John Vander Luit

Editor, Solicitors Journal

Why Admiral are wrong on the discount rate

Why Admiral are wrong on the discount rate


If the costs of claims really are increasing, then drivers must accept higher premiums as a price for motoring, writes Jonathan Wheeler

The reduction in the discount rate has been described as 'unnecessarily extreme' and 'eccentric' by the chiefs of Admiral Insurance. The government is consulting on a further change, and Admiral is agitating for an increase. This is special pleading on behalf of the insurance industry; we need to step back and take a wider view.

The reduction in the rate may well have an effect on insurers' bottom line. If the value of some claims will significantly increase, then the stock industry response is to shrug and say that premiums will have to rise. Do not be fooled into thinking that Admiral is a lobbyist for their put-upon customers; all motor insurers benefit from operating in a captive market because if anyone wants to drive a car, they must have insurance.

The real issue here is that Admiral and others have benefitted from a system which has under-compensated claimants for years. Claimants awarded compensation for future losses such as lost earnings, the cost of care and accommodation, benefit from 'accelerated receipt' of those damages '“ they get the money for those losses before the loss is suffered. As a result, they are expected to invest that money and their award is discounted to factor in the assumed rate of return on those investments (the 'discount rate'). Ever since Wells v Wells, that investment must be 'without risk' as the damages have to last, and so index-linked government stocks (ILGS) are the benchmark.

The last time the rate had been reviewed was 2001. While the government was lobbied, threatened, and cajoled to change it since 2008, it consistently failed to do so. This meant that claimants' damages were calculated on the basis that they could invest them and receive a return of 2.5 per cent per annum, when '“ in view of the financial crash '“ ILGS yields were a fraction of that. Some claimants were forced to invest in more risky stocks to make their compensation last. Insurers are now dripping poison into ministers' ears, raising the possibility that claimants are speculating with their awards, getting even greater returns, and profiteering from their injuries at the expense of insurers' shareholders.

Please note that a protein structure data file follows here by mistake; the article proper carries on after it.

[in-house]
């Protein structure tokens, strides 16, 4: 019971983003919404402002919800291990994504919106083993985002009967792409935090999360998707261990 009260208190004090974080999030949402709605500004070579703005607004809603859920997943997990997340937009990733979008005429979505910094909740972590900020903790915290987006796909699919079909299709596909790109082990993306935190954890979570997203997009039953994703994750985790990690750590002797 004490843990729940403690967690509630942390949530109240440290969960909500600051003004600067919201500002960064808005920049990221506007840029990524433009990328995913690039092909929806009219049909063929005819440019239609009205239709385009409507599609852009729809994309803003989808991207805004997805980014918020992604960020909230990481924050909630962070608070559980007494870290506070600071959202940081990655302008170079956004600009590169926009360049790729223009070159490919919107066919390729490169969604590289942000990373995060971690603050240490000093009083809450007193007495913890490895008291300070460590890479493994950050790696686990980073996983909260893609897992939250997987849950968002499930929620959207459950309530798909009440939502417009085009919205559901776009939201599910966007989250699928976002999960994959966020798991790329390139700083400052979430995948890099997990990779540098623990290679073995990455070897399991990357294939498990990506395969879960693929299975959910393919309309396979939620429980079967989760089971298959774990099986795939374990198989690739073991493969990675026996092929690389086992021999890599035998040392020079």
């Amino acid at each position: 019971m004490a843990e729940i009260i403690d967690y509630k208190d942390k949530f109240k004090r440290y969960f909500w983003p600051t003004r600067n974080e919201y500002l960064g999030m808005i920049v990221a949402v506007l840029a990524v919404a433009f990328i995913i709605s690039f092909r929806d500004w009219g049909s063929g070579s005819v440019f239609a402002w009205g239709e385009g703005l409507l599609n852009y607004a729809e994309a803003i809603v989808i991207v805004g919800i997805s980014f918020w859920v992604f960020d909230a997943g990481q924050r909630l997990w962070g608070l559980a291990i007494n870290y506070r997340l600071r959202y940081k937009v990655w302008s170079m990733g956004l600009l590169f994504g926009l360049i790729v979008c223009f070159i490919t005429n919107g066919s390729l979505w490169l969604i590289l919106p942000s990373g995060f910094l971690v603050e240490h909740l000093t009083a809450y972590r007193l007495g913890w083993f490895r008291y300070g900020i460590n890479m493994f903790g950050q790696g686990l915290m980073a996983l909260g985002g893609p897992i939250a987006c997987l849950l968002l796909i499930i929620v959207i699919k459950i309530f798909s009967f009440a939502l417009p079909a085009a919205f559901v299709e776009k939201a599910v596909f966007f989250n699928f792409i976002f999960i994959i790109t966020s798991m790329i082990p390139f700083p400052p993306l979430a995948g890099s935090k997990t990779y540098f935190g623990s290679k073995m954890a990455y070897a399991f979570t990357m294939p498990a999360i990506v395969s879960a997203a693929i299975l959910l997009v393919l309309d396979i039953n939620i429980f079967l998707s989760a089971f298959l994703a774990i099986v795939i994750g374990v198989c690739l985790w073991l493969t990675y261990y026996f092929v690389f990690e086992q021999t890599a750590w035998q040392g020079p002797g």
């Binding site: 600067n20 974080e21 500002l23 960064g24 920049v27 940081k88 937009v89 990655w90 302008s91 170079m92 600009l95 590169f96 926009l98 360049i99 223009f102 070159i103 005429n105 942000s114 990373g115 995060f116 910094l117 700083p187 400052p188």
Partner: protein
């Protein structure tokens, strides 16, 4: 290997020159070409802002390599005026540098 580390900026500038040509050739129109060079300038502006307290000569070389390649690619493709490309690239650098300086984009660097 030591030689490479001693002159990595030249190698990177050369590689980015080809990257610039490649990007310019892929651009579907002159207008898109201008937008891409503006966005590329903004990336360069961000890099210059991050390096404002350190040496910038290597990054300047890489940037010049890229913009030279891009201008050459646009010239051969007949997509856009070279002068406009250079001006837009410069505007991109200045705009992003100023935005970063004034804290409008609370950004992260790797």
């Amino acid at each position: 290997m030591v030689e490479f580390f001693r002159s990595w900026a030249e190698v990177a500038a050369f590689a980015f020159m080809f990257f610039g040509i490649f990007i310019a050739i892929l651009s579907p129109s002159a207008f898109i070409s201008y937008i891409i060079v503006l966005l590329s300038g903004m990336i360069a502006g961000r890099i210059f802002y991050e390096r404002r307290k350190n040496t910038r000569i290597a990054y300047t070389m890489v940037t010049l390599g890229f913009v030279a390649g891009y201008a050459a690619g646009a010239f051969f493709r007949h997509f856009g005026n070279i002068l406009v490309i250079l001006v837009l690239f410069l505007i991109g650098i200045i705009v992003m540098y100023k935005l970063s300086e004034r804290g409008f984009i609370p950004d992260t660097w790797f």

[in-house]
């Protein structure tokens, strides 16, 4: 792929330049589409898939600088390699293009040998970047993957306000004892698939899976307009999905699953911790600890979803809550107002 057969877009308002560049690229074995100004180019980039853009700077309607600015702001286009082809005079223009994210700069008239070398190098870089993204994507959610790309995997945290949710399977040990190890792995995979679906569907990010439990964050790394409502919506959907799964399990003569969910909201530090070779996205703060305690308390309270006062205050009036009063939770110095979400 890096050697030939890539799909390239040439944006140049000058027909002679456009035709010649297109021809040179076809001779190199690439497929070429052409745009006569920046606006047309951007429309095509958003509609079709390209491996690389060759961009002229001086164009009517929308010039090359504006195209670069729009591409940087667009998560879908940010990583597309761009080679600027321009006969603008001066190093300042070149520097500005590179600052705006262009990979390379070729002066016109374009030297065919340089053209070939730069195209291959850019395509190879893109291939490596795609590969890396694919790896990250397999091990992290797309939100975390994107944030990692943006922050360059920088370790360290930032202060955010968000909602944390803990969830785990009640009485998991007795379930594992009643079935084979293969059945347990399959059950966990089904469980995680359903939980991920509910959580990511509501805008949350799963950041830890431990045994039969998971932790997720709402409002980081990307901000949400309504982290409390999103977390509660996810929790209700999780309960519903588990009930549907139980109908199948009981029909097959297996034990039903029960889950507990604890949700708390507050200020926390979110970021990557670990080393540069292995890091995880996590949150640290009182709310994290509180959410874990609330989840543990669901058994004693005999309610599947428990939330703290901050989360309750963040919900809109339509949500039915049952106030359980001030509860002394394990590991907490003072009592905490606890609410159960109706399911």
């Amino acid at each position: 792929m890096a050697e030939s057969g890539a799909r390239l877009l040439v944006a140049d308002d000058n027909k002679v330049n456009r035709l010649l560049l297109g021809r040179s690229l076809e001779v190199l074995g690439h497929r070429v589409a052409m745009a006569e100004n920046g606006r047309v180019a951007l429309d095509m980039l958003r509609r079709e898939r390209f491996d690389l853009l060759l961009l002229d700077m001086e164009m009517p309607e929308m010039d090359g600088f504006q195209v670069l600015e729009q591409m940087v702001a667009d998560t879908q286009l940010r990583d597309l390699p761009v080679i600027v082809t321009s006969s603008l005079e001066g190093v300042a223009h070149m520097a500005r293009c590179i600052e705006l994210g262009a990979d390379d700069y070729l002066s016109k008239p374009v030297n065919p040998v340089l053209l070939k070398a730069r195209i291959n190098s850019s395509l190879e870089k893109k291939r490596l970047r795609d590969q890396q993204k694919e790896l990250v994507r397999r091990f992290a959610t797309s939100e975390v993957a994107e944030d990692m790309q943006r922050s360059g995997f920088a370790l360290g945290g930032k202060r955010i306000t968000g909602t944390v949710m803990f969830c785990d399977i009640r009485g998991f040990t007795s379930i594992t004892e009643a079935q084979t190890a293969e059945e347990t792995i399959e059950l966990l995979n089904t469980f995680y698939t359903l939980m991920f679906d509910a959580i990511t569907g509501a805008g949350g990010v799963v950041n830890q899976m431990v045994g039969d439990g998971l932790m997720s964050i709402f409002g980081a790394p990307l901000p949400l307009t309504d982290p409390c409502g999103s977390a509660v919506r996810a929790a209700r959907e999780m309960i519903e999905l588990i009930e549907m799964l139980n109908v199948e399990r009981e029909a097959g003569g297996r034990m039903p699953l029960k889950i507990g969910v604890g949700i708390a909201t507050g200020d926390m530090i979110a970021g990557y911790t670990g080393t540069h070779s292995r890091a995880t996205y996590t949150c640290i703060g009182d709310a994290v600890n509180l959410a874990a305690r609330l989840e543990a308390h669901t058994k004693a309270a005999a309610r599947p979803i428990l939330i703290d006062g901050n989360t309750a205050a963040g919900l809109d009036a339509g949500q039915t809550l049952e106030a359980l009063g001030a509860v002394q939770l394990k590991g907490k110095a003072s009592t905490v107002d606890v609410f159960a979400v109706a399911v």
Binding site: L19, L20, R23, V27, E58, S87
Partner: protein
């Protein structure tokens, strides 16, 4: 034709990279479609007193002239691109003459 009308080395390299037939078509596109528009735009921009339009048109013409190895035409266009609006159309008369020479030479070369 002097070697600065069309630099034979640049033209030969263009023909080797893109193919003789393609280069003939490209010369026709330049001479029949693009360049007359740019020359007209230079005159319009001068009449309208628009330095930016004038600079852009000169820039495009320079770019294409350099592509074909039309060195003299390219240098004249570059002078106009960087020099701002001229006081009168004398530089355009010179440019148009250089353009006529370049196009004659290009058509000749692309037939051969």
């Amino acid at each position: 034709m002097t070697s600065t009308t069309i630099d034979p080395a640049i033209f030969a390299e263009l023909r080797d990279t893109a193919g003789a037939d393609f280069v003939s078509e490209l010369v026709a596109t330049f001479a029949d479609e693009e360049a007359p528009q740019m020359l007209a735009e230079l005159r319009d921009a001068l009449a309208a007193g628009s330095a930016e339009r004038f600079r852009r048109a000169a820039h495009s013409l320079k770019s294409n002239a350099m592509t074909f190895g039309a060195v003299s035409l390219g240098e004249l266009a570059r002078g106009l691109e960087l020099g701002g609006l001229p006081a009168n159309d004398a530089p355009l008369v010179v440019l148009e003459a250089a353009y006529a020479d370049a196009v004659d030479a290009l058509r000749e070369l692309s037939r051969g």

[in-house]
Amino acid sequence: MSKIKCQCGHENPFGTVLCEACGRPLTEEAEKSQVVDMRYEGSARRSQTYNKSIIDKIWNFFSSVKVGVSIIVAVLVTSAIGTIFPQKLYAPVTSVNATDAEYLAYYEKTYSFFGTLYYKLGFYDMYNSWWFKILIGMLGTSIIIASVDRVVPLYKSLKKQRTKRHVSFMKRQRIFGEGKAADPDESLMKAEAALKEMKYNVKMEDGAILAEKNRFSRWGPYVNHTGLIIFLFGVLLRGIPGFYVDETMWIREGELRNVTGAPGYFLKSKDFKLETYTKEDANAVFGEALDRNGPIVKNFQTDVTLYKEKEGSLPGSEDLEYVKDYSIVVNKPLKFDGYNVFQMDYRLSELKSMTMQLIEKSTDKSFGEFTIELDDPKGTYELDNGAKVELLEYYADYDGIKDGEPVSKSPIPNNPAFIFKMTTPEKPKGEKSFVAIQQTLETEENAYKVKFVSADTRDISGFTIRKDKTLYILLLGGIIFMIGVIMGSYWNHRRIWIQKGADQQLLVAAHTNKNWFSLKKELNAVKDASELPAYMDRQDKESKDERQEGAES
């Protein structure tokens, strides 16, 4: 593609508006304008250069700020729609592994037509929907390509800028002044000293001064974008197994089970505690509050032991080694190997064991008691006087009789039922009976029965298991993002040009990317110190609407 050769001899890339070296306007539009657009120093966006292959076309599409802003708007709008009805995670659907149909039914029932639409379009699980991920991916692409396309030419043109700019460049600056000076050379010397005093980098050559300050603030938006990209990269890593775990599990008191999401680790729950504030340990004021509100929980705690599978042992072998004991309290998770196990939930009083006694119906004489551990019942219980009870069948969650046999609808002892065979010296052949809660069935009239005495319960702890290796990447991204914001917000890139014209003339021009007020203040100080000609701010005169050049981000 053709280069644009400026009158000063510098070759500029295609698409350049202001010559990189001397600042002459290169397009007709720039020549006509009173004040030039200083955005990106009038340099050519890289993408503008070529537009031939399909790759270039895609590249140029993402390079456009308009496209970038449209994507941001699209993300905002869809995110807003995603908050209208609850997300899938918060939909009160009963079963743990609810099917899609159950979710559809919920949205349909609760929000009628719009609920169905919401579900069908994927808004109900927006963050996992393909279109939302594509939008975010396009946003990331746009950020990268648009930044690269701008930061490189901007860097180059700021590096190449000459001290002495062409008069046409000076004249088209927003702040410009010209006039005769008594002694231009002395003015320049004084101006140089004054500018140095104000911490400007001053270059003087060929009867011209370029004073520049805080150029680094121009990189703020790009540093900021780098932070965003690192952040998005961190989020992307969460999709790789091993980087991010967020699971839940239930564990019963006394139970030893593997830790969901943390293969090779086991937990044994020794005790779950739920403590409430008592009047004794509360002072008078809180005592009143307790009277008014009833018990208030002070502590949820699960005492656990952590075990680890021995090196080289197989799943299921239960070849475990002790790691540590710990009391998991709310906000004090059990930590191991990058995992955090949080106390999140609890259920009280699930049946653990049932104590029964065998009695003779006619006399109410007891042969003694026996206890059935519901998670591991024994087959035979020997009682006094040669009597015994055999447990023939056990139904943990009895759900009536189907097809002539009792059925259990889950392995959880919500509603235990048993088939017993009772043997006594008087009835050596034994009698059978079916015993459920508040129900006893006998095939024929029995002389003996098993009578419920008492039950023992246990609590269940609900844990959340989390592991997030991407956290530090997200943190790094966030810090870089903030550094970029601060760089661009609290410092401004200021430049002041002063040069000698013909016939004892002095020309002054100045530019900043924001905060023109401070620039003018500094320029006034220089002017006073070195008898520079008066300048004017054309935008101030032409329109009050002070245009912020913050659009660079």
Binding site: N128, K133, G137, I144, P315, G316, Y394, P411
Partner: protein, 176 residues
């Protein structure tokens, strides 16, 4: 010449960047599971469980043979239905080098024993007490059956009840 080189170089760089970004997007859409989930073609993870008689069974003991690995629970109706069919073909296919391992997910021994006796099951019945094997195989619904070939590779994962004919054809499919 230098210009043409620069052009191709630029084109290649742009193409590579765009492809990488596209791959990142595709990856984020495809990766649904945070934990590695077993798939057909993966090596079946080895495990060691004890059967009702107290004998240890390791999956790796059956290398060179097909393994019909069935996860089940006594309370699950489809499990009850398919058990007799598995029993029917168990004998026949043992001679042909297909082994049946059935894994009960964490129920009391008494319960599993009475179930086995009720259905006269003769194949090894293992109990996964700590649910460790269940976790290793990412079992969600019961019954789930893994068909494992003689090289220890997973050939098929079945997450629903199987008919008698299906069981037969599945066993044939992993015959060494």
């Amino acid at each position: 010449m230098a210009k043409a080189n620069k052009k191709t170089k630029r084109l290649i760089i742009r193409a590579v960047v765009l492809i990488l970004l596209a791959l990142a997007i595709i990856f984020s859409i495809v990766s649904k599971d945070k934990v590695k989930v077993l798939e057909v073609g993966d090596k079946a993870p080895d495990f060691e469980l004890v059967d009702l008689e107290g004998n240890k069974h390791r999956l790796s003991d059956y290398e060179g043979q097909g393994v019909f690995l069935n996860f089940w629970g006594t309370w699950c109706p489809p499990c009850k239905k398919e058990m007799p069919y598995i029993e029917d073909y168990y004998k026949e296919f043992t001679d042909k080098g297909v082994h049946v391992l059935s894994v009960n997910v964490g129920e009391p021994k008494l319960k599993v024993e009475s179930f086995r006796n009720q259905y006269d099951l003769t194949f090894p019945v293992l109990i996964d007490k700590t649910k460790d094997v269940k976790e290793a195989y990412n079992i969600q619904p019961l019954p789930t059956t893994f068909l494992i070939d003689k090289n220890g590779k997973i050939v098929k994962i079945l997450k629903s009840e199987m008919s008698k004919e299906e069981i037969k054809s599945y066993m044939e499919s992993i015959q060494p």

In deciding to act, the then Lord Chancellor, Liz Truss, had no option other than to set the discount rate at the current average ILGS rate of -0.75 per cent. If this goes up, and damages claimed from insurers do not fully compensate claimants, it is tax payers who will ultimately have to foot the bill: when the money runs out early, a claimant's needs are shouldered by the NHS, local authority care, and the welfare benefits system.

As a society, we should ensure that road accident victims injured through no fault of their own are fully compensated. If the costs of claims really are increasing overall (and we should not just take insurers' word for that), then drivers must accept higher premiums as a price for motoring '“ but do shop around on those wonderful comparison sites for the best deal.

Jonathan Wheeler is managing partner at Bolt Burdon Kemp